One of Osho’s gifts to us was his inclusion of psychotherapy, of emotional opening and honesty, expressiveness, individuation, and exploration of our humanness. I always felt him urging me to find out for myself what is true and what not, and to use all the tools available. I don’t think he stopped at the realization of the Absolute, the Formless, but rather encouraged us to challenge ourselves to embody those experiences in a very human way. That is what brought me to Osho in the first place, and it is still how I understand the unfolding of my life now… May that process never end (as messy as it sometimes is)!

Even after doing a lot of therapy and meditation it took me a long time to understand that my ego or personality is basically a lonely, frustrated guy. How could it not be, as my ego by its very nature exists in separation? Which gives it a full-time job of desperately trying to fill my emptiness with some external activity, experience, person, or substance, which… doesn’t really satisfy, except to fill the time and make my body tired.

I remember the first time I caught myself at the doorstep about to dash out to do some “important” compulsive stuff, like shop or meet people or something along those lines. Then I had the thought, “Wait, what is driving me like this? What would happen if I just sat in this chair (next to the door) for the next 30 minutes before I go and not do anything, not even meditate, just sit here in the chair?”

And so I did, and slowly, slowly the restless urges to socialize, the compulsions to do something, along with the crowd of convincing thoughts that were driving me to go “out there” subsided. I noticed a different me arising, and when the 30 minutes had passed and I was still sitting there I had to laugh. I could see where I would have been, how engaged I would have been, and how busy I usually was. It was a moment of insight, realization, relief, and happiness to be right there, home and on my own – with nothing missing.

That particular practice stayed with me for some years, and in time I came to realize that the uncomfortable inner prompting to do something often had to do with a feeling of loneliness, a feeling of being incomplete and disconnected from myself.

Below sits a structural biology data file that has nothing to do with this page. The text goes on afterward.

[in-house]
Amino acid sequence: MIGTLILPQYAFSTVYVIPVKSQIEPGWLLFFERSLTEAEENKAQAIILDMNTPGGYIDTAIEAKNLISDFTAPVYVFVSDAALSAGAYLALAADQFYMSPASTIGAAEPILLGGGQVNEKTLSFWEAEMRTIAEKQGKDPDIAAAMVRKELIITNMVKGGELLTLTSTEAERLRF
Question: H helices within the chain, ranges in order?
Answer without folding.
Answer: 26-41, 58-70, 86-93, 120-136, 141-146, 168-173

Over the years, as I began to feel more directly the inner ache of my own longing and to learn to stay with it and feel it, I began to recognize it as a sweet kind of loneliness, like missing an old, dear friend.

I discovered that when I had the courage to stay with the loneliness, to be close to it, to feel it in my body as an event happening in the moment, to want to know and befriend it with no agenda to change it or make it different in any way, then out of the core of that lonely, barren place a relaxation would start to emerge that was free of all restless compulsions, busyness, and emotion. There was a recognition of an alone space that was actually – ironically – not alone at all, at least in the way I had previously thought of aloneness.

I started to experience that this aloneness is the place from which I can connect and, even more deeply, the place from where I am in relaxed contact with what is. Amazing to find that true contact is intrinsic to aloneness and that being alone does not literally mean being alone! It is rather Being Alone, or knowing the very nature of Being is Alone and in Contact with All. There is no particular action, doing, cave-sitting, withdrawal, renunciation, or meditation that is part of aloneness. It is a realization of Being, the feeling that my loneliness is the door to it.

I am still a social creature. I love to be close to people, to share and laugh and work and create, to explore and discover while having inner and outer adventures – and I also sometimes bypass the loneliness with silly stuff that doesn’t work, but more and more I’m on my own and comfortable in my own skin.

Thank you, Osho.

First published in Viha Connection Magazine – oshoviha.org/magazine – this here is a slightly expanded version

Rafia had the honour to work leading groups and giving individual sessions in Osho’s ashram and communities for many years. Out of that experience he has created many group processes and developed a way to work with people that is a synthesis of different Western therapy modes with Eastern meditation and spiritual wisdom.  www.pathretreats.com

Image via: Osho News